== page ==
Research Design Review recently summarized 10 distinctive qualities of qualitative research which succinctly capture the essence and utility of the kind of work performed by researchers like me.
In her Research Design Review piece, author Margaret Roller observes that qualitative research happens because researchers “acknowledge the human condition and want to learn more, and think differently, about a research issue than what is usual from mostly numerical quantitative survey research data.”
Below are Roller’s 10 attributes (in bold) and the reasons I consider them useful.
- Absence of “truth”
- As suggested on this blog regularly, knowledge is constructed from information and in context. It is the the product of the process of research; it is not truth but rather “possibility” (plausible interpretation). I often describe my findings or interpretations as “ONE truth” or “one version of truth/reality,” emphasizing that my interpretation is well-informed but always subject to negotiation based on further context
- Importance of context
- The setting, culture, research parameters and questions always influence the ways in which we can interpret data.
- Importance of meaning
- Meaning is created through understanding the blooms from the intersections of many points in analysis. Roller suggests sources for meaning include “any number of variables such as: the context, the language, the impact of the participant-researcher relationship, the potential for participant bias, and the potential for researcher bias.”
- The interpretations and the process of research are performed through and organized by and described through the researcher. This has many benefits including the potential for nuanced findings and “thick description” but it is also important to consider the bias, approaches, and institutional contexts of the researcher – as well as the power the researcher wields as an instrument of qualitative analysis. Remember, many choices, and therefore the exercise of power, play a role in final interpretations.
- Participant-researcher relationship
- This is element of qualitative research is extremely important in performing and getting useful and accurate interpretations. Communication, rapport, and accountability all play a role in a successful participant-researcher relationship and shape the outcomes of data collection and analysis.
- Skill set required of the researcher
- Perhaps the most underrated of these qualities, qualitative research “requires a unique set of skills from the researcher, skills that go beyond the usual qualities of organization, attention to detail, and analytical abilities that are necessary for all researchers,” Roller observes. She goes on to list rapport-building and active listening as further examples, but her most notable point is that specific and nuanced analytical toolkit is necessary to “meet the demands of “messy analysis” (see below) in qualitative inquiry where context, social interaction, and numerous other inter-connected variables contribute to the realities researchers take away from the field.” This is often the most difficult thing to explain when entering a project but often unfolds without stakeholders realizing. If it’s a smooth researching process with audiences, you’ve likely brought on board a skilled researcher.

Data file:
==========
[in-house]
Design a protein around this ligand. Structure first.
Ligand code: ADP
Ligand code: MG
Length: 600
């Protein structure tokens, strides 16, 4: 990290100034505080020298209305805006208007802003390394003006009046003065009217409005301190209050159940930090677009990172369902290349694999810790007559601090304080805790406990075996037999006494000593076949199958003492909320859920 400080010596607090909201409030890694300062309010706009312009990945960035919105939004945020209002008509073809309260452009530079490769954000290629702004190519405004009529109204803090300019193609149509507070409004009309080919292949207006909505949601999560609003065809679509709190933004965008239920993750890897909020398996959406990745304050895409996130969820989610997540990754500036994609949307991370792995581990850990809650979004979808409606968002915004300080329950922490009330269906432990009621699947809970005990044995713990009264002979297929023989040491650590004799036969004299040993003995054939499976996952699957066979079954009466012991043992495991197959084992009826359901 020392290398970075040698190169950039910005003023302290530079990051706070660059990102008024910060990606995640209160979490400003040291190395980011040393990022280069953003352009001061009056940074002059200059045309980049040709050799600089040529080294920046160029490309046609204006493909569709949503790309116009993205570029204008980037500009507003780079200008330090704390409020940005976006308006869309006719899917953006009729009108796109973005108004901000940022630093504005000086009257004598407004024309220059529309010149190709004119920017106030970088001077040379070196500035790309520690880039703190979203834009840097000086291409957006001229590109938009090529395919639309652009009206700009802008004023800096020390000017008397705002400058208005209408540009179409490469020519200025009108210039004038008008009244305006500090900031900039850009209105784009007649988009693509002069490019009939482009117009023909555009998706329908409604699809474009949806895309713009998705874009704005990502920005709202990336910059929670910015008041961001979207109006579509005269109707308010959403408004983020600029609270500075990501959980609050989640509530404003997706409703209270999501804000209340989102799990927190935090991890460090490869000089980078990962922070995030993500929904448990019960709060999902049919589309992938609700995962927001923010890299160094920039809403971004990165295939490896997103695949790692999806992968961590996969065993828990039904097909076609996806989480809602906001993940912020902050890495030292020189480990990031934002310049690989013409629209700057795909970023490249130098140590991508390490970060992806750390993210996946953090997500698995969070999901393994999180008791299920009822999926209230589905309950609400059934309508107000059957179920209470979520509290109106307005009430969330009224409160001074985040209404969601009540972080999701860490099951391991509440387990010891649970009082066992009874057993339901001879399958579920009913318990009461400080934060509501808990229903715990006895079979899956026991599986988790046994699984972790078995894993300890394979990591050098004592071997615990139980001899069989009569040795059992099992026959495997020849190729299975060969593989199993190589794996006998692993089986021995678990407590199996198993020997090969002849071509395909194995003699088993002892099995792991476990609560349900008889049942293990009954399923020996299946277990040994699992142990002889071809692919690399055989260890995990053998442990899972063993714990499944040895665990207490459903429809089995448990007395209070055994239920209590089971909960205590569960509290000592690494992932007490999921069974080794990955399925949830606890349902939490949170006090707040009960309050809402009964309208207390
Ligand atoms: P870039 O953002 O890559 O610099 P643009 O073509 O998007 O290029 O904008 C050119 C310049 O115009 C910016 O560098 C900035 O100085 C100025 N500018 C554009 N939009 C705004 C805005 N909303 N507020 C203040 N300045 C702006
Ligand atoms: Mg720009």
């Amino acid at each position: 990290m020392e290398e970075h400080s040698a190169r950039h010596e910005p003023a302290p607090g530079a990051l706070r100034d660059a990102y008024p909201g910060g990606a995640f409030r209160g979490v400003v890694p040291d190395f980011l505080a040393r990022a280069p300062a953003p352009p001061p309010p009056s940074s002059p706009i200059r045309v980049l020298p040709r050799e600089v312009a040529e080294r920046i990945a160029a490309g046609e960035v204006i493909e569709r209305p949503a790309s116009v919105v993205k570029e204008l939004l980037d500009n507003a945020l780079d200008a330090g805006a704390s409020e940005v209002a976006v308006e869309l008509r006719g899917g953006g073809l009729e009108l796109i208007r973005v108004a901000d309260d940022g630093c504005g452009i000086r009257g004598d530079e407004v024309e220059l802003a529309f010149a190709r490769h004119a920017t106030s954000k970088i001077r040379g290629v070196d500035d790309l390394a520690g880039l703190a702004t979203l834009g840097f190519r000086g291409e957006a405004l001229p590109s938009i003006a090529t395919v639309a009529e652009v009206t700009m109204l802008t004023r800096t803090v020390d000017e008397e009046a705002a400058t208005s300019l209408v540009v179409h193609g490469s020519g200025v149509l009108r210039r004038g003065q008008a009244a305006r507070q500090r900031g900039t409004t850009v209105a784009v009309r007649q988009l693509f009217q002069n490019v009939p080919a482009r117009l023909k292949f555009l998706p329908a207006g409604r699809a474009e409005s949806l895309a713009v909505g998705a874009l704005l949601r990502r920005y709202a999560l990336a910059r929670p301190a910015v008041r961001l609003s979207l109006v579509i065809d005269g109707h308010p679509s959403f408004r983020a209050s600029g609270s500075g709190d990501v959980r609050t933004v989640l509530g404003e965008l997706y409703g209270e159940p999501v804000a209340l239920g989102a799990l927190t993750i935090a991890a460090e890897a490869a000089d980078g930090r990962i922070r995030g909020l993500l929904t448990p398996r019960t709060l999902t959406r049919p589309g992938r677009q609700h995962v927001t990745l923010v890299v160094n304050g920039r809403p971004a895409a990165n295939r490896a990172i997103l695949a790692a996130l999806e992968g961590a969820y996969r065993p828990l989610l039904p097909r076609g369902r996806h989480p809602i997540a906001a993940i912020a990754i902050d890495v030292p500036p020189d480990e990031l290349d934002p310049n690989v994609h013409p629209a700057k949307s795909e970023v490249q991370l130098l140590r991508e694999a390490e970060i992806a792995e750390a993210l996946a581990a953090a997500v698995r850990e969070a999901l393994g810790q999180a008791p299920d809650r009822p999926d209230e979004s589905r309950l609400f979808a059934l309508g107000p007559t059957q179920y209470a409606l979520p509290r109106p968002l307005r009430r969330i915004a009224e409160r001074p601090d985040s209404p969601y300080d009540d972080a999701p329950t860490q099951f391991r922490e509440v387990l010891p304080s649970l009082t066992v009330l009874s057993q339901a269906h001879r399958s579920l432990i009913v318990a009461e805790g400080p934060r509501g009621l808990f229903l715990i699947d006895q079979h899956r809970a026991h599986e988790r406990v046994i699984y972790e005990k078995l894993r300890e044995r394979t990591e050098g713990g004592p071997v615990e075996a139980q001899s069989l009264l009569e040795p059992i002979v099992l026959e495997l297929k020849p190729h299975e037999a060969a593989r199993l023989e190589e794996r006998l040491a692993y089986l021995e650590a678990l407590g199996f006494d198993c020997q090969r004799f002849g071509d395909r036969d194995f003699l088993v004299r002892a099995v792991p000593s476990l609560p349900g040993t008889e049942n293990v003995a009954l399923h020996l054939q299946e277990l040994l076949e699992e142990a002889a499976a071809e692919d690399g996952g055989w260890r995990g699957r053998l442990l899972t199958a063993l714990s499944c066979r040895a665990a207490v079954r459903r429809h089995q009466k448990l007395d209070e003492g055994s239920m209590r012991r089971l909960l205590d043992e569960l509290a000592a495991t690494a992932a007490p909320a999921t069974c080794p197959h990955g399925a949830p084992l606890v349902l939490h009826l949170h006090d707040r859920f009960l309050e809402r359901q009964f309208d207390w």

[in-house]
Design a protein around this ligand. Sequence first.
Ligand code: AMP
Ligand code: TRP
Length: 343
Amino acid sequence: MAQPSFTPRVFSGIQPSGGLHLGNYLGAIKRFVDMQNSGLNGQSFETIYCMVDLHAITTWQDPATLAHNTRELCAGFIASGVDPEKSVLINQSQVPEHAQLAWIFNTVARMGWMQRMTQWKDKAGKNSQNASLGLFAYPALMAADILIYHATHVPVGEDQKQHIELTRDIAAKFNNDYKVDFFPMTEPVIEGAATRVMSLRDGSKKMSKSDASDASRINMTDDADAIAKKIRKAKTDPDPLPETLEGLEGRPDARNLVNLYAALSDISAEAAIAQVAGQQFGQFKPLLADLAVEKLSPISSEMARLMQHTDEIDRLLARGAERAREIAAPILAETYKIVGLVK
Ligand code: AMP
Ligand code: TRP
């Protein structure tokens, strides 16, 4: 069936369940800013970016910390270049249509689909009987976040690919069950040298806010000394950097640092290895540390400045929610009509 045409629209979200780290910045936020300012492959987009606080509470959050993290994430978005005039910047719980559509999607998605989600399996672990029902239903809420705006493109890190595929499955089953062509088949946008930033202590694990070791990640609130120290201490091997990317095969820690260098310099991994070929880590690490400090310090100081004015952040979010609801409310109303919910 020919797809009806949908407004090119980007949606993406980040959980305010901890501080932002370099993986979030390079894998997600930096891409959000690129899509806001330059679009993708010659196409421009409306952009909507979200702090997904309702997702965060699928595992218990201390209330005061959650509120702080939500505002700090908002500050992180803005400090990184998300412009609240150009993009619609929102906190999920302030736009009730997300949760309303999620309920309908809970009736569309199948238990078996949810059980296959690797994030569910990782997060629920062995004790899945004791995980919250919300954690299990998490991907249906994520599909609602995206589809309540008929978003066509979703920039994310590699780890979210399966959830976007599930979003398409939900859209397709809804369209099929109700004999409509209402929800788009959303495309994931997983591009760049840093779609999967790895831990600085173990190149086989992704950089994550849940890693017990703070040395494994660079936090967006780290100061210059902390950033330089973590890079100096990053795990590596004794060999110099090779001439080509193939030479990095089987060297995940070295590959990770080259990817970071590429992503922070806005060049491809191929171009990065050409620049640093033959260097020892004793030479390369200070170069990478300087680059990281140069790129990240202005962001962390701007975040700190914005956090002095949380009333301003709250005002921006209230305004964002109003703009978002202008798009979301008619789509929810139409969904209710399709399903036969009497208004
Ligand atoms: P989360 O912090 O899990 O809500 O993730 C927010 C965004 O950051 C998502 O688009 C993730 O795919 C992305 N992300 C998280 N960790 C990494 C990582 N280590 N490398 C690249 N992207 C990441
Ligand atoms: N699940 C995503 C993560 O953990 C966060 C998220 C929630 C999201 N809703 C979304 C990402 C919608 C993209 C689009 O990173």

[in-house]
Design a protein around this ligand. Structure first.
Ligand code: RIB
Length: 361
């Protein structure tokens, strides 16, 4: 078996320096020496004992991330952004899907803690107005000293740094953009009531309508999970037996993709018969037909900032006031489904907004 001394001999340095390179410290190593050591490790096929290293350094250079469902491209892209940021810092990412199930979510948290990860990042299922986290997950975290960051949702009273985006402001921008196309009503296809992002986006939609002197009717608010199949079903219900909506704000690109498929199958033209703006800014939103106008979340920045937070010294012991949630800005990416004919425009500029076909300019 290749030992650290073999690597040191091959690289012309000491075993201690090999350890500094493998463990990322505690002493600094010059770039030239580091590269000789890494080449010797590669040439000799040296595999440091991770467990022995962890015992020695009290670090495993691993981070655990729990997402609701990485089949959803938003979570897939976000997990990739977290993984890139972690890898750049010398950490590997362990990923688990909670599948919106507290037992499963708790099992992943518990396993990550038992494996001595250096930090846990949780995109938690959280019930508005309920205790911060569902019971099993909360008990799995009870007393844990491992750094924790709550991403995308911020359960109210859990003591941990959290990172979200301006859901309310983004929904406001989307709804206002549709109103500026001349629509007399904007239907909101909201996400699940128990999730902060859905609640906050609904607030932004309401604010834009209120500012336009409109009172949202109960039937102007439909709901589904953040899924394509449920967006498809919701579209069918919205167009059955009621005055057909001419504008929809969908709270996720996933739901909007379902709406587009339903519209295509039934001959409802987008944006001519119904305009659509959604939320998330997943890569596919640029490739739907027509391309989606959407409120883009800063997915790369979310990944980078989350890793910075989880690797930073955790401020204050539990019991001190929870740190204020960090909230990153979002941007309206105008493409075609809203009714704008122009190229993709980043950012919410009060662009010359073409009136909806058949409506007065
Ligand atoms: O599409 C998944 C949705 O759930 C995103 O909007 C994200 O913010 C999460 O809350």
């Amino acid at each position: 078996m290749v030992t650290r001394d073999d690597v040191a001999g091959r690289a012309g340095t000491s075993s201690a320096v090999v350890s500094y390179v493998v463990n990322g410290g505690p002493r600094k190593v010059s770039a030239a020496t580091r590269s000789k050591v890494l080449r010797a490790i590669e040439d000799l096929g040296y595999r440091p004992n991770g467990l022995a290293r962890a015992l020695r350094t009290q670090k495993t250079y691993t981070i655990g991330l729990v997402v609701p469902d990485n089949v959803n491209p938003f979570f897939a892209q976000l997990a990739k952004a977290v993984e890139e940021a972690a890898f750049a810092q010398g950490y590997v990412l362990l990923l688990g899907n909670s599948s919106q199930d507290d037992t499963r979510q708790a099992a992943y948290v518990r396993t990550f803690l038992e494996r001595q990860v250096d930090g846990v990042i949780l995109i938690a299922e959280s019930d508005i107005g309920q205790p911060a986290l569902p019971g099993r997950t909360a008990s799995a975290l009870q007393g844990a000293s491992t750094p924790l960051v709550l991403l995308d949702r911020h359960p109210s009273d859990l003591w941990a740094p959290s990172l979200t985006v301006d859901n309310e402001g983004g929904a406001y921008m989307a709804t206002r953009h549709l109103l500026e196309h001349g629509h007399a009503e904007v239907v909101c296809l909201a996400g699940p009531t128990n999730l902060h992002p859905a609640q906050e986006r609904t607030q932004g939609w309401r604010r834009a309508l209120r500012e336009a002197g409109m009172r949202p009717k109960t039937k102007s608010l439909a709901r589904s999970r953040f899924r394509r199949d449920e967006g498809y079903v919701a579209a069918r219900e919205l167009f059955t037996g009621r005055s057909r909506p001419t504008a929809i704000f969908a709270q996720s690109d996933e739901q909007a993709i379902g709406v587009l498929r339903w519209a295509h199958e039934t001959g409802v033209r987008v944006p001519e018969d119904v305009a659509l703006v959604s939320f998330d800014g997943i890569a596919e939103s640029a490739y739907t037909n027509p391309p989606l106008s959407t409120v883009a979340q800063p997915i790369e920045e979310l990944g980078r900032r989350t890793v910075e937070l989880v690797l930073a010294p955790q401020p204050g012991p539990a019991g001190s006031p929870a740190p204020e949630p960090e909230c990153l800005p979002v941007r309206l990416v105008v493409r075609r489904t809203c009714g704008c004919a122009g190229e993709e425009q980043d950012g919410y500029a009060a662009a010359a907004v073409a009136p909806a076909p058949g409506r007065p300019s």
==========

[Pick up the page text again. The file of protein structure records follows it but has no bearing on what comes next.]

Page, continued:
- Flexibility of the research design
- Again, an extremely complicated skill to bullet point on a resume. Yet, a flexible researcher knows how to stay active and continue to derive communication while simultaneously analysing the information; second and third passes over the data will allow for even more robust findings. In other words, the intended questions may be set aside to capture the reality of the researching space and research may take iterations to flesh out hidden meanings and perspectives.
- Types of issues or questions effectively addressed by qualitative research
- Especially for questions that really mean “to what extent” rather than “how much” or seeking to understand group behaviors and cultural values that emerge concurrently with or contradict official/dominant perspectives.
- Messy analysis and inductive approach
- Qualitative research may start with a general question and create understanding as knowledge is being attained. Roller writes “without a doubt, qualitative research analysis is messy. The analysis of qualitative data does not follow a straight line, where point ‘A’ leads to point ‘B’, but rather is a multi-layered, involved process that continually builds upon itself until a meaningful and verifiable interpretation is achieved. The messiness of the interconnections, inconsistencies, and seemingly illogical input reaped in qualitative research demand that researchers embrace the tangles of their data from many sources. A large contributor to the “messiness” of the analytical process is the inductive method. Qualitative researchers analyze their outcomes from the inside out, organizing and deriving meaning from the data by way of the data itself.“
- Unique capabilities of online and mobile qualitative research
- Finally, technology allows for new techniques AND new research spaces – and supports general communication and connection (and conflict!) between groups of people. The resulting research space, as Roller suggests, offers new power dynamics between researcher and participants but also offers shared control of findings and more flexible ways to gather, respond, organize and distribute research findings.
Qualitative research is excellent for unlocking detailed case studies, understanding communication and communities, and understanding audiences and every day lives, as well as helping flush out and answer the assumptions and further questions that often emerge in quantitative analyses.